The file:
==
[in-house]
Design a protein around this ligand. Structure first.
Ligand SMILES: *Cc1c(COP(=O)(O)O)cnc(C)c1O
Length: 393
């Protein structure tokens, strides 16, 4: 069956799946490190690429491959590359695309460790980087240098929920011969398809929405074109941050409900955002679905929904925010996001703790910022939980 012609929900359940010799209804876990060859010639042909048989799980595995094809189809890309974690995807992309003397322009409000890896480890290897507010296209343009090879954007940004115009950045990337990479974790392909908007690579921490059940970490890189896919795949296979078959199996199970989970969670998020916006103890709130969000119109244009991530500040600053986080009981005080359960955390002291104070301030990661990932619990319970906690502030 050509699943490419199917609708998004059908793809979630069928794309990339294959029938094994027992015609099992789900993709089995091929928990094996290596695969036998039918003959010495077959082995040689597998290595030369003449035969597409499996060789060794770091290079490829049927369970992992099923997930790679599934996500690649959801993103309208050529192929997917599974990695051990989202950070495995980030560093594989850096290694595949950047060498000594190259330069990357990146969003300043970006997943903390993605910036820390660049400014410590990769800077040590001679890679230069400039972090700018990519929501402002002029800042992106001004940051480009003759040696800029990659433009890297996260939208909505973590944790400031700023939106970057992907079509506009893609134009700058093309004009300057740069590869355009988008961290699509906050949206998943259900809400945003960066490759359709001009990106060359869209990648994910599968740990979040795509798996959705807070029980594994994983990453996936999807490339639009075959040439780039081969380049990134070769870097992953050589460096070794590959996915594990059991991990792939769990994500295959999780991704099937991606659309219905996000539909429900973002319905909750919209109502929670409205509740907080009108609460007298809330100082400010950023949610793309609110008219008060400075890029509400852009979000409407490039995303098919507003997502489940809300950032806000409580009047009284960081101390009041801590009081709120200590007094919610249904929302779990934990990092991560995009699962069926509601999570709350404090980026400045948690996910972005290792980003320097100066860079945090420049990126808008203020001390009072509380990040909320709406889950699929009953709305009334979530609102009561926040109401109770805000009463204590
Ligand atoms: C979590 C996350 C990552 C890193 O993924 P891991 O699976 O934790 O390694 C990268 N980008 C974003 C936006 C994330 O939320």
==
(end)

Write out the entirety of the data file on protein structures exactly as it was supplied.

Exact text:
[in-house]
Design a protein around this ligand. Structure first.
Ligand SMILES: *Cc1c(COP(=O)(O)O)cnc(C)c1O
Length: 393
């Protein structure tokens, strides 16, 4: 069956799946490190690429491959590359695309460790980087240098929920011969398809929405074109941050409900955002679905929904925010996001703790910022939980 012609929900359940010799209804876990060859010639042909048989799980595995094809189809890309974690995807992309003397322009409000890896480890290897507010296209343009090879954007940004115009950045990337990479974790392909908007690579921490059940970490890189896919795949296979078959199996199970989970969670998020916006103890709130969000119109244009991530500040600053986080009981005080359960955390002291104070301030990661990932619990319970906690502030 050509699943490419199917609708998004059908793809979630069928794309990339294959029938094994027992015609099992789900993709089995091929928990094996290596695969036998039918003959010495077959082995040689597998290595030369003449035969597409499996060789060794770091290079490829049927369970992992099923997930790679599934996500690649959801993103309208050529192929997917599974990695051990989202950070495995980030560093594989850096290694595949950047060498000594190259330069990357990146969003300043970006997943903390993605910036820390660049400014410590990769800077040590001679890679230069400039972090700018990519929501402002002029800042992106001004940051480009003759040696800029990659433009890297996260939208909505973590944790400031700023939106970057992907079509506009893609134009700058093309004009300057740069590869355009988008961290699509906050949206998943259900809400945003960066490759359709001009990106060359869209990648994910599968740990979040795509798996959705807070029980594994994983990453996936999807490339639009075959040439780039081969380049990134070769870097992953050589460096070794590959996915594990059991991990792939769990994500295959999780991704099937991606659309219905996000539909429900973002319905909750919209109502929670409205509740907080009108609460007298809330100082400010950023949610793309609110008219008060400075890029509400852009979000409407490039995303098919507003997502489940809300950032806000409580009047009284960081101390009041801590009081709120200590007094919610249904929302779990934990990092991560995009699962069926509601999570709350404090980026400045948690996910972005290792980003320097100066860079945090420049990126808008203020001390009072509380990040909320709406889950699929009953709305009334979530609102009561926040109401109770805000009463204590
Ligand atoms: C979590 C996350 C990552 C890193 O993924 P891991 O699976 O934790 O390694 C990268 N980008 C974003 C936006 C994330 O939320």